- Cleaning – periodic cleaning will ensure that the relay continues to operate reliably. Dirt and dust from surrounding machinery can cause parts to stop moving in the relay and prevent proper heat dissipation, particularly in thermal relays.
- Tightening – when electrical connections become loose, additional heat may cause nuisance operation, and this condition will especially affect thermal relays.
- Inspecting – heater size is of particular importance for optimal performance in thermal overload relays. While oversized heaters are often installed to prevent unexplained tripping, the required heat needed may seem to require a larger heater when, in fact, the original heater is oxidized and providing a small current than the original design intended. For magnetic relays, setting should be adjusted for minimum current and time delay.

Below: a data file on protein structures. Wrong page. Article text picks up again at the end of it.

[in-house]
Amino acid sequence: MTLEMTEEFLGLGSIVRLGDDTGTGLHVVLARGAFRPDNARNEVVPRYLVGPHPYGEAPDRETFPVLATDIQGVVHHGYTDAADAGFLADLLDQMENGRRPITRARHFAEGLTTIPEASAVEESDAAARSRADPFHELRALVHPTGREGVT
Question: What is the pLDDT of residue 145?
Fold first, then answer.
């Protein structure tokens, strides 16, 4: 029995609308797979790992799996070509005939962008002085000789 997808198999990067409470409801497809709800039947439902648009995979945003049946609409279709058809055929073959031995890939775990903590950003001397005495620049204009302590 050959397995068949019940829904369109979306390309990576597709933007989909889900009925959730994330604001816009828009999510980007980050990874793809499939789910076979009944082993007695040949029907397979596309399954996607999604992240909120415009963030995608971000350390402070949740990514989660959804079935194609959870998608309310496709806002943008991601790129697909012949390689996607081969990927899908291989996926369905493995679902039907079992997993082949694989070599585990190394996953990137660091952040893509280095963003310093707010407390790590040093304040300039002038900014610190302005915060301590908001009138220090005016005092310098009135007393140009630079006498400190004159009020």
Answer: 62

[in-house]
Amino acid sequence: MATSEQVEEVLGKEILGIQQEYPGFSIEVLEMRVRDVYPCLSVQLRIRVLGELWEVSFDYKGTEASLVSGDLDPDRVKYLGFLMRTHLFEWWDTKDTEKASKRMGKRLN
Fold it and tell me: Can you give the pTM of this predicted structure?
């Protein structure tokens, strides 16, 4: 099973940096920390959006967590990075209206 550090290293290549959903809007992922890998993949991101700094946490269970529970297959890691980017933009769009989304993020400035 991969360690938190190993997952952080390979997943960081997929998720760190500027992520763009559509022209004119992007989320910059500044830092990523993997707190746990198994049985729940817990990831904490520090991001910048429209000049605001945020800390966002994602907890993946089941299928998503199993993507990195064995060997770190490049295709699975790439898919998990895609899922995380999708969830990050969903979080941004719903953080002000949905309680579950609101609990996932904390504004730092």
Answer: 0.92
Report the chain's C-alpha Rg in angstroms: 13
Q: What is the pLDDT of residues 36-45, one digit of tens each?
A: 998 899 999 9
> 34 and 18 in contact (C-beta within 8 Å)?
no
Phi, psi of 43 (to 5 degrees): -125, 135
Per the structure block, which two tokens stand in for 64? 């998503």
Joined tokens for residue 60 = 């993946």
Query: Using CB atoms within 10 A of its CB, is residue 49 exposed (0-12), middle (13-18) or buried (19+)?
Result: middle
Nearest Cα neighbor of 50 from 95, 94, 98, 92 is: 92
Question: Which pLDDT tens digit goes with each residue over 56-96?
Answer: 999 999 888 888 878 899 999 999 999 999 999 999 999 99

- Testing – after the initial cleaning, tightening of connections and inspection, the motor overload should be tested using simulated overload so that the trip time can be measured. Results should then be analyzed based on the manufacturer specifications and relay time curve so make sure that the overload relay is operating correctly.
Testing of motor overload relays may be accomplished using Megger test equipment such as the Megger MS-2 Circuit Breaker and Overload Relay Test Set and the Megger MS-2A Circuit Breaker and Overcurrent Relay Tester.
While both units can be used for verification of all types of processes including thermal, magnetic and solid state overload relays, these Megger test sets are self-contained and offers the ability to perform testing for circuit breakers, ground/fault trip devices and overcurrent relays. Their compact and lightweight design also allows for easy use in the field or plant.
Related electrical test equipment available for rent from Protec:
Editors Note: This blog was orginally posted on June 6, 2012